“We are growing not only food but growing community and shared power in a very multigenerational, multicultural way,” Allen says.
In the process, he’s fighting injustice.
“Racism is in all aspects of our lives, whether it is food or medicine or politics,” Allen says, branching into a topic not usually associated with farming. “Poor neighborhoods in the cities, especially with people of color, are food deserts.”
The only access to food in these deserts are fast-food operations and corner grocery stores filled with cigarettes, beer, potato chips, and processed foods, Allen notes. He wants to build a new reality—“to make sure that everyone has access to the same healthy food, regardless of color, religion, how much money you have, whatever.”
From the outside, Growing Power’s headquarters looks like an economically marginal farm in need of a good paint job and top-to-bottom cleaning. There is a small barn (red, of course), and six greenhouses and eight hoophouses for greens, herbs, and vegetables. There are also goats, ducks, chickens, turkeys, and beehives.
On closer inspection, it’s clear that the farm is anything but ordinary. There are the endless stages of composting, including worm beds. “It’s all about the soil,” he says.
To protect the soil’s quality, Growing Power makes its own compost and takes donations of waste such as eggshells, coffee grounds, and vegetable matter (no dairy products, meat, bones, or sauces). It transforms six million pounds of food waste a year and enriches the compost with worms that eat through the compost and create worm castings.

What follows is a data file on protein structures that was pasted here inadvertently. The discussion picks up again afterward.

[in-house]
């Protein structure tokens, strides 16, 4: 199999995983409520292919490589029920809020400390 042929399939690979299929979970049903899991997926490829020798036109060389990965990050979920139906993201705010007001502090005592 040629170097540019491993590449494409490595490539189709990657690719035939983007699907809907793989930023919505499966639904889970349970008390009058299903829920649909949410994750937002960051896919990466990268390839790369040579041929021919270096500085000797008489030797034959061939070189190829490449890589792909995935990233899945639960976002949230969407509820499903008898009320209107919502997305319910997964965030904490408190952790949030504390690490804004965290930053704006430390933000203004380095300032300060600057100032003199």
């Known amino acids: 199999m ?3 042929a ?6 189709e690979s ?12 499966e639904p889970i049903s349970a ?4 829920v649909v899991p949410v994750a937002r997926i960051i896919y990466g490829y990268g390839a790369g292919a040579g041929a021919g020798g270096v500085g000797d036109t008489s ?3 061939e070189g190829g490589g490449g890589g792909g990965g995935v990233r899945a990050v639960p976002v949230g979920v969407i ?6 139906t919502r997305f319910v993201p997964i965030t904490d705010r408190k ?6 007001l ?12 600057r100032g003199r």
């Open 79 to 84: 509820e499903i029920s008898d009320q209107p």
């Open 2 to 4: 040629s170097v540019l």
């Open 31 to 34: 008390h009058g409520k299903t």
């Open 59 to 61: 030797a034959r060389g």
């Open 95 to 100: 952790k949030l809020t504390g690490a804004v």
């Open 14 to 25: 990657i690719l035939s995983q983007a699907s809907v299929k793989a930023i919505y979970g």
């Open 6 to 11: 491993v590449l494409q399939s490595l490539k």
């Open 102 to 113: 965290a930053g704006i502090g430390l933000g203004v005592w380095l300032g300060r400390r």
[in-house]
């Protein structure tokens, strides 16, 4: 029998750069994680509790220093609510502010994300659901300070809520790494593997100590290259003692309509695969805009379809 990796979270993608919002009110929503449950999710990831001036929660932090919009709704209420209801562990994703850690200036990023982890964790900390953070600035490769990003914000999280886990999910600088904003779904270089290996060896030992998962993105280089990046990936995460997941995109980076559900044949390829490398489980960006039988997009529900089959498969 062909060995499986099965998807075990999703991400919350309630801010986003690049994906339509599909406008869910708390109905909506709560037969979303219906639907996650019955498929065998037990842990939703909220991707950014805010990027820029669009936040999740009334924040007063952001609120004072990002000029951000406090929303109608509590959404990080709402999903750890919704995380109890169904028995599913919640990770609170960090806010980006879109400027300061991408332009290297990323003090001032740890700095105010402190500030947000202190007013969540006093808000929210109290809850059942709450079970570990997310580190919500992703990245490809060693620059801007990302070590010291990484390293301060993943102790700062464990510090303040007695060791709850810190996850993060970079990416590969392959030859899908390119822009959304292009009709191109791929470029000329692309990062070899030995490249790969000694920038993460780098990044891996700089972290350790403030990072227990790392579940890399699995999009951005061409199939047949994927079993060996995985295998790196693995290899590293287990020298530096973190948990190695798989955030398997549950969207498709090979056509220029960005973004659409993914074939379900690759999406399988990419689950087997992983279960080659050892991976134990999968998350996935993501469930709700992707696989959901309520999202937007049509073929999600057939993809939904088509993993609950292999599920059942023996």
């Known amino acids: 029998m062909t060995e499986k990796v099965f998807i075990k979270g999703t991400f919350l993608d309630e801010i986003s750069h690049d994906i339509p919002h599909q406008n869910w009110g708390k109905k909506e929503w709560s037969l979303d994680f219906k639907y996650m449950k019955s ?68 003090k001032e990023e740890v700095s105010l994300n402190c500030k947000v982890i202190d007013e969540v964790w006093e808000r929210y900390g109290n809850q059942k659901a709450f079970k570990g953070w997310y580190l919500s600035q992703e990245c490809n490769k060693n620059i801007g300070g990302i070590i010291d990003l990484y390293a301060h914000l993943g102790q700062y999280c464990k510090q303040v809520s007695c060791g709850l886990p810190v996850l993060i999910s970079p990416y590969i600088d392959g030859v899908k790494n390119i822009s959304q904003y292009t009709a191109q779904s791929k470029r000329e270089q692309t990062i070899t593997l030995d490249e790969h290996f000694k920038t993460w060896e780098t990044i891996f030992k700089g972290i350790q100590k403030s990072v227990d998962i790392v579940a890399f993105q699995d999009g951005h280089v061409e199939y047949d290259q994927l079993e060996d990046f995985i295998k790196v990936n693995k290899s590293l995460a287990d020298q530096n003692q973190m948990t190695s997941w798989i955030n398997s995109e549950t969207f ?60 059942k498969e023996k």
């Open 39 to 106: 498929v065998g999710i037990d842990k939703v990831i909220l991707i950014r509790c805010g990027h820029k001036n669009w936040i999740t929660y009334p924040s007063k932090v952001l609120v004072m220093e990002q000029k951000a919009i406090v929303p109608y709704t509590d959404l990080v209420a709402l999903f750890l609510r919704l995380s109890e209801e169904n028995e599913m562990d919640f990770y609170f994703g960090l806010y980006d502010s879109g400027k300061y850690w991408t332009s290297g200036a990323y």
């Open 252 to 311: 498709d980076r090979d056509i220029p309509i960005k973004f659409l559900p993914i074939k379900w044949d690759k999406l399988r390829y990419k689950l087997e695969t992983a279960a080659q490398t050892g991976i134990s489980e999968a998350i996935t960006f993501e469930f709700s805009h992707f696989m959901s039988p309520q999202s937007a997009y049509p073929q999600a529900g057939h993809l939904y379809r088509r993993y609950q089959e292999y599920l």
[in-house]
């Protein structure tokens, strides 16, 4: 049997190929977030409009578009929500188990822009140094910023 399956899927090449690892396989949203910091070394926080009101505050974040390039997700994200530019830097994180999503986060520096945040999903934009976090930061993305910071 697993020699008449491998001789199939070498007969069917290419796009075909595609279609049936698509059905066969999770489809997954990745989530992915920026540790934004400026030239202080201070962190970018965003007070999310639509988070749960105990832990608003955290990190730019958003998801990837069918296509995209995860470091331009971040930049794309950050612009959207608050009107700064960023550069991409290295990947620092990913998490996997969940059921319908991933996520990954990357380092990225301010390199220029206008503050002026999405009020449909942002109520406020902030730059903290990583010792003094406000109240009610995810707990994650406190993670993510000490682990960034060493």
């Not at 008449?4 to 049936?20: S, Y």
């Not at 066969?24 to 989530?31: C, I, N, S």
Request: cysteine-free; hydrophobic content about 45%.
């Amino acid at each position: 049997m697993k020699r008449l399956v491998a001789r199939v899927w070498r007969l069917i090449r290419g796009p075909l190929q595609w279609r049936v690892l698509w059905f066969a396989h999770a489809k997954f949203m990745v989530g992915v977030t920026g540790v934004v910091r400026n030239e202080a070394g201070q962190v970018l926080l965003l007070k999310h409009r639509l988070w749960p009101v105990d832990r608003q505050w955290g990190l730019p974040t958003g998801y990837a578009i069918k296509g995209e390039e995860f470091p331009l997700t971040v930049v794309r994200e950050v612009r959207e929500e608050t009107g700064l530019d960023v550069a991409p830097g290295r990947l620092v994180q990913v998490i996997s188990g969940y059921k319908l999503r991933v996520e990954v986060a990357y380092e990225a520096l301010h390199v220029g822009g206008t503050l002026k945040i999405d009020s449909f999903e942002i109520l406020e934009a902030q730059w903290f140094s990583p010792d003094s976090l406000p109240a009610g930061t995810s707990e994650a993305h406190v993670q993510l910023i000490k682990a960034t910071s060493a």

The end result, Allen says, “is the highest quality fertilizer in the world.”
Allen is equally concerned with energy independence and sustainability. One of the greenhouses has been transformed into an experimental lab turning food wastes into acetic acid that, if Allen’s dreams come true, will one day be used not only for fertilizer but to produce methane gas and promote energy independence.
“We grow soil, we grow energy, we grow food, we grow community,” he says.
“Now we’re having to go back to those days when people shared things and took care of each other,” Allen continues. “That’s the only way we will survive. And what better way to do it than with food?”
Barbara Miner is a Milwaukee-based journalist.